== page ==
- Q:Are DIY Solar panels legitimate for saving electricity?
- I used this youtube video to help me build a 2 volt system. I used this video to build a magnet motor attached to a car alternator, I used an old Ford alternator because they are cheap, then put in the voltage reguialtor that I took out of the same car. I then hooked that up to 6 2 volt batteries in series, then I used 4 500 watt inverters, I got it going about 2 weeks ago, I am waiting to how efficient it will make everything, I also do not have my entire house on it. So far I have hooked up my fridge, deep freeze, 52 plasma tv, and washer. I have not hooked anything else into it yet. I have no idea if it has enough power to turn on full load, like I said I am still toying with it, but it seems to be doing fine.
- Q:what is the best solar panels to buy?
- In California, if a house is now connected to the grid, typically, they stay connected to the grid even after installing solar electric panels. In this way, no batteries are required to run at night or over cloudy periods. And the house gets credit for energy generated in excess of usage. This scheme also means that you can size your array to only generate a portion of your electrical usage, which is also the usual decision. Since you mention cooling, an air conditioner is a big power drain. We have no A/C, so a modest 3 kW array is enough to supply all our electrical needs. If we had central air conditioning, that number might be doubled or tripled. Your best bet is to contact a local solar installer to do an analysis and quote on your house. How much it costs, and whether you actually will save money in the long run, depends on where you live, and how much electricity you use. Our system cost $2,000 after all rebates and credits.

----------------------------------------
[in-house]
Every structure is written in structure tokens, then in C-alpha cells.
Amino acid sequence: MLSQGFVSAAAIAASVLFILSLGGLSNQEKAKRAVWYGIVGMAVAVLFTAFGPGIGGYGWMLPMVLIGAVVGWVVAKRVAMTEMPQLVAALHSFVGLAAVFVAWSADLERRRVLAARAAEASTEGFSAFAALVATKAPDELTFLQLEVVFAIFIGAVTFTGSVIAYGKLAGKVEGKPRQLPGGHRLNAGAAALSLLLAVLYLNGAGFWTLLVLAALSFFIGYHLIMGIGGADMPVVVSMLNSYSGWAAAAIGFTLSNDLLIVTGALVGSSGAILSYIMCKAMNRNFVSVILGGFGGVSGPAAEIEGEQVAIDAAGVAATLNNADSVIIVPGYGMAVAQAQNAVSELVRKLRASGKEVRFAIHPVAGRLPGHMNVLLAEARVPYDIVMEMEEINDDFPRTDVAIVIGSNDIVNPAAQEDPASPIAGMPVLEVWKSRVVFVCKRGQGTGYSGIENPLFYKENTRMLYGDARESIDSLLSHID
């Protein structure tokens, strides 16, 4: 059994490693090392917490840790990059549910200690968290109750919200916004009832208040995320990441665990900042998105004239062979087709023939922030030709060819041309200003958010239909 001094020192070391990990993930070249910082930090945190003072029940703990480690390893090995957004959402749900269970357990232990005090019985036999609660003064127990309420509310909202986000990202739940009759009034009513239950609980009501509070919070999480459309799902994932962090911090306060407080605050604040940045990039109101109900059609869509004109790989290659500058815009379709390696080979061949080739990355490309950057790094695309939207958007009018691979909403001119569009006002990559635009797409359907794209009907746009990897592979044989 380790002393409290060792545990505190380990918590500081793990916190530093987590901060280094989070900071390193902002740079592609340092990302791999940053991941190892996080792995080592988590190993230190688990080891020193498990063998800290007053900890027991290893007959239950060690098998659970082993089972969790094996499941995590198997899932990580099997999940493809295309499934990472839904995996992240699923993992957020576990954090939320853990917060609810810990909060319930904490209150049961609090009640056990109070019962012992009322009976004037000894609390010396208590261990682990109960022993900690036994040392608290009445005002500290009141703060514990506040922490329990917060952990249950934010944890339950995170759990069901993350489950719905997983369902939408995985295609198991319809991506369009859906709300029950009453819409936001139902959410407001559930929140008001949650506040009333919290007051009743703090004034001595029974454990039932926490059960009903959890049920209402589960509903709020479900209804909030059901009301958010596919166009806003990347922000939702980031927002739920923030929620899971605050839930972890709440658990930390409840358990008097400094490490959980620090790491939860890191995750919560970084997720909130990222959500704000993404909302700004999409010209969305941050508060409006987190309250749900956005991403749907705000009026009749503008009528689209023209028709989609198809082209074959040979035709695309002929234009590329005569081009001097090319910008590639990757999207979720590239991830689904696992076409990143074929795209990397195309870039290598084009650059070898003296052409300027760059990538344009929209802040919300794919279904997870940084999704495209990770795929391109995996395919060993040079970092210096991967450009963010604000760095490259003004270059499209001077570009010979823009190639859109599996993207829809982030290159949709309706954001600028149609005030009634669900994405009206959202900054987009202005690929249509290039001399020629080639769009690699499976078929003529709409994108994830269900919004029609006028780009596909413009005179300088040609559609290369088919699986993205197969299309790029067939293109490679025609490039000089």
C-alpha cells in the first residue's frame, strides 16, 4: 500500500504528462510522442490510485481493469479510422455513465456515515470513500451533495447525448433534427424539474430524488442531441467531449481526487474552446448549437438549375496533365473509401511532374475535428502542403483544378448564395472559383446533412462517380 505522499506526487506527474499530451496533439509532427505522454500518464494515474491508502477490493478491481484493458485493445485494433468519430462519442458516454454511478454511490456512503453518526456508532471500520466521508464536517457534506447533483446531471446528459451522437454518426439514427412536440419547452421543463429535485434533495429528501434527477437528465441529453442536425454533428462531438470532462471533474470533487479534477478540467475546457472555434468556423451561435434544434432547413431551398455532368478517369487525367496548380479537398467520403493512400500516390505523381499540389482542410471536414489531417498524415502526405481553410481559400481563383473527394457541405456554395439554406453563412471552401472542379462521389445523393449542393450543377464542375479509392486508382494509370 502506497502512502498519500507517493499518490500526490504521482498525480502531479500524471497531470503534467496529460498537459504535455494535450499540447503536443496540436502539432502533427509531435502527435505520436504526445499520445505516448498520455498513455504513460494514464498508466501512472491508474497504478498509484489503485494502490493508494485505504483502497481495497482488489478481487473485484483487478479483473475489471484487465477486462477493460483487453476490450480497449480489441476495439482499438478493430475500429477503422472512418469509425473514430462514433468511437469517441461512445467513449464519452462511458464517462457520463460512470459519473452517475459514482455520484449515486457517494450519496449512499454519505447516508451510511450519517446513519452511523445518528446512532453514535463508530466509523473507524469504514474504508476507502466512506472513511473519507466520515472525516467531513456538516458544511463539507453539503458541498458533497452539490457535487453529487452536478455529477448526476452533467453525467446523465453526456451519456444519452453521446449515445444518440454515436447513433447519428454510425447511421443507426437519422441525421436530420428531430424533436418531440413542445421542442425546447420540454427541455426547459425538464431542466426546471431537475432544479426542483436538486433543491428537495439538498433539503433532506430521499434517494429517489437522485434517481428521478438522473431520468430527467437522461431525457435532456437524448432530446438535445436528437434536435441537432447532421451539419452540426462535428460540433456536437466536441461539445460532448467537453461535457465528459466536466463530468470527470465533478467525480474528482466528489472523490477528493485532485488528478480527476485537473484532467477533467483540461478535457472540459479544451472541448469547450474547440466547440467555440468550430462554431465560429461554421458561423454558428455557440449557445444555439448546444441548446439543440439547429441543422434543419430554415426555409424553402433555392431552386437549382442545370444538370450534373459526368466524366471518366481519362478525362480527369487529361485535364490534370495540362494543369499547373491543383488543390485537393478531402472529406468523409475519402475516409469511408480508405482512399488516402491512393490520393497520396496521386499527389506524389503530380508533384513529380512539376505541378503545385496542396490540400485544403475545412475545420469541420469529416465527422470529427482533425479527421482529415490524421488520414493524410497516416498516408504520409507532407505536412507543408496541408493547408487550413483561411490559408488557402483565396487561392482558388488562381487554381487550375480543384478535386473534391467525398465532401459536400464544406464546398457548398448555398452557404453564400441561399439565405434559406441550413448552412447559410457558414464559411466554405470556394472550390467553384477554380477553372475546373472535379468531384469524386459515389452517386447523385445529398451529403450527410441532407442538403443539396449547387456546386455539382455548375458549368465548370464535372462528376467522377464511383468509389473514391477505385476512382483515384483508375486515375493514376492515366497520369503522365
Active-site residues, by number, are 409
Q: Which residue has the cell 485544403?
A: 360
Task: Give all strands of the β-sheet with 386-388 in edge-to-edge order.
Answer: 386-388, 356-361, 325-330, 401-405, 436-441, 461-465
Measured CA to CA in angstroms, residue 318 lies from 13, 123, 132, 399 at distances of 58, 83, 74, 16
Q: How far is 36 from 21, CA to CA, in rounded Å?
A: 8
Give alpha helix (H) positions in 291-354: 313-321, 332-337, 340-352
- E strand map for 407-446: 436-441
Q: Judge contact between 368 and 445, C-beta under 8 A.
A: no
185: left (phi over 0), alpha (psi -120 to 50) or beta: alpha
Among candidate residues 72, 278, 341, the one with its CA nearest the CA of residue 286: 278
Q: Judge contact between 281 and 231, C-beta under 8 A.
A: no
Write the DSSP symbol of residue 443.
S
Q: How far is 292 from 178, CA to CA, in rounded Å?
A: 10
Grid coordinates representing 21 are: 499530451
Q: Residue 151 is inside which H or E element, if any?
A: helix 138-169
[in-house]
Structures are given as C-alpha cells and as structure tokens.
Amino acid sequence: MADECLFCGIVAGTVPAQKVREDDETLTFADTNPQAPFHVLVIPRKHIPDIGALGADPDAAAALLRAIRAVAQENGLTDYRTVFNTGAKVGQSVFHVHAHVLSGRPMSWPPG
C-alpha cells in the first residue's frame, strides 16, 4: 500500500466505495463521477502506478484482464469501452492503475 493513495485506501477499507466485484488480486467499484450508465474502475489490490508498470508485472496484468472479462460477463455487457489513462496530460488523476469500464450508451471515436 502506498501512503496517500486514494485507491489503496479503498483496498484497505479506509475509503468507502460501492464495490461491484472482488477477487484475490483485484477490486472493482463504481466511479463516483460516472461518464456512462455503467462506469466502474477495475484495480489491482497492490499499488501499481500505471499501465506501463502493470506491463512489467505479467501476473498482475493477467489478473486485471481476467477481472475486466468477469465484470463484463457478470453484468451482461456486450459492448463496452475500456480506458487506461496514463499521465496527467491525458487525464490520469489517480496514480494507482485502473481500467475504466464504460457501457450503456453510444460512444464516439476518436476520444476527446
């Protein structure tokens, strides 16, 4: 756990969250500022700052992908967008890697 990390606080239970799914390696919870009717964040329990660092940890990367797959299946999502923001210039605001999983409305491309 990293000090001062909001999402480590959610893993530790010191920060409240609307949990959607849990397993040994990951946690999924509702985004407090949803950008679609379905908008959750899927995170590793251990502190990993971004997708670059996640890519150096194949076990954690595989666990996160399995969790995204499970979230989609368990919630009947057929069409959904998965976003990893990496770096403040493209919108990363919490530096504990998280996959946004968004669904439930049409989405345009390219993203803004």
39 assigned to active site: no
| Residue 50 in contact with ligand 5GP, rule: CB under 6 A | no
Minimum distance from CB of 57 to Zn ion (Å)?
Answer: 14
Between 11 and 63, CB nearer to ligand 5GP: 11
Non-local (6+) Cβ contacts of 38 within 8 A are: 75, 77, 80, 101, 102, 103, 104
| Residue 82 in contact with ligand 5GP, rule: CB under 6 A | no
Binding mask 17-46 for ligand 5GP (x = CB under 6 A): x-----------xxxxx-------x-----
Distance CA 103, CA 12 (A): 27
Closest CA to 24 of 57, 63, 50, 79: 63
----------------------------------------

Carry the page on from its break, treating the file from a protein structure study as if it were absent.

- Q:Electricity question about solar panels?
- Watts = Volts * Amps Your heater needs at least 500 watts of AC power. The solar panel only produces about 200 watts of power ( 24volts * 8amps). Not enough to run the heater. Also, the solar panel produces DC current, not the AC current that the heater needs. However, if you had solar panel that produced enough power (watts), you could buy a transformer to turn the panel's DC output into the required AC output. But that doesn't seem like a real cost-effective plan.
1. Manufacturer Overview
|Annual Output Value
2. Manufacturer Certificates
|a) Certification Name
3. Manufacturer Capability
|No.of Employees in Trade Department
|No. of Production Lines
|Product Price Range